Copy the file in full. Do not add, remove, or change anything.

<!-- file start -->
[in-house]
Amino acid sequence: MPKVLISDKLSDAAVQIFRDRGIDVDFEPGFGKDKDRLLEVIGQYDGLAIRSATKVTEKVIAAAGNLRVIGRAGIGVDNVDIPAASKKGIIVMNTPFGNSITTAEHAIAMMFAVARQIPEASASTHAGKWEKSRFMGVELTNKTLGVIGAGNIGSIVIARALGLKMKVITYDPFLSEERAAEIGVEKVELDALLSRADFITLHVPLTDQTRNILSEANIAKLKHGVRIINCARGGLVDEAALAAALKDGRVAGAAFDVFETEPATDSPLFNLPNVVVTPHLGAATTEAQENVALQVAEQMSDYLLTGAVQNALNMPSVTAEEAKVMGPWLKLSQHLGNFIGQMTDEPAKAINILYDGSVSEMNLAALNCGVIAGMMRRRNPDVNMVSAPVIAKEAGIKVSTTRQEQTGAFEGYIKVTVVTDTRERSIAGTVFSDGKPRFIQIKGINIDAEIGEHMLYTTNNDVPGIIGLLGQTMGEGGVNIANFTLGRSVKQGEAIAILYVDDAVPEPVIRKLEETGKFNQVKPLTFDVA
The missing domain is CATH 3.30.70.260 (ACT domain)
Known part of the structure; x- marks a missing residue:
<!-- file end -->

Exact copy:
[in-house]
Amino acid sequence: MPKVLISDKLSDAAVQIFRDRGIDVDFEPGFGKDKDRLLEVIGQYDGLAIRSATKVTEKVIAAAGNLRVIGRAGIGVDNVDIPAASKKGIIVMNTPFGNSITTAEHAIAMMFAVARQIPEASASTHAGKWEKSRFMGVELTNKTLGVIGAGNIGSIVIARALGLKMKVITYDPFLSEERAAEIGVEKVELDALLSRADFITLHVPLTDQTRNILSEANIAKLKHGVRIINCARGGLVDEAALAAALKDGRVAGAAFDVFETEPATDSPLFNLPNVVVTPHLGAATTEAQENVALQVAEQMSDYLLTGAVQNALNMPSVTAEEAKVMGPWLKLSQHLGNFIGQMTDEPAKAINILYDGSVSEMNLAALNCGVIAGMMRRRNPDVNMVSAPVIAKEAGIKVSTTRQEQTGAFEGYIKVTVVTDTRERSIAGTVFSDGKPRFIQIKGINIDAEIGEHMLYTTNNDVPGIIGLLGQTMGEGGVNIANFTLGRSVKQGEAIAILYVDDAVPEPVIRKLEETGKFNQVKPLTFDVA
The missing domain is CATH 3.30.70.260 (ACT domain)
Known part of the structure; x- marks a missing residue: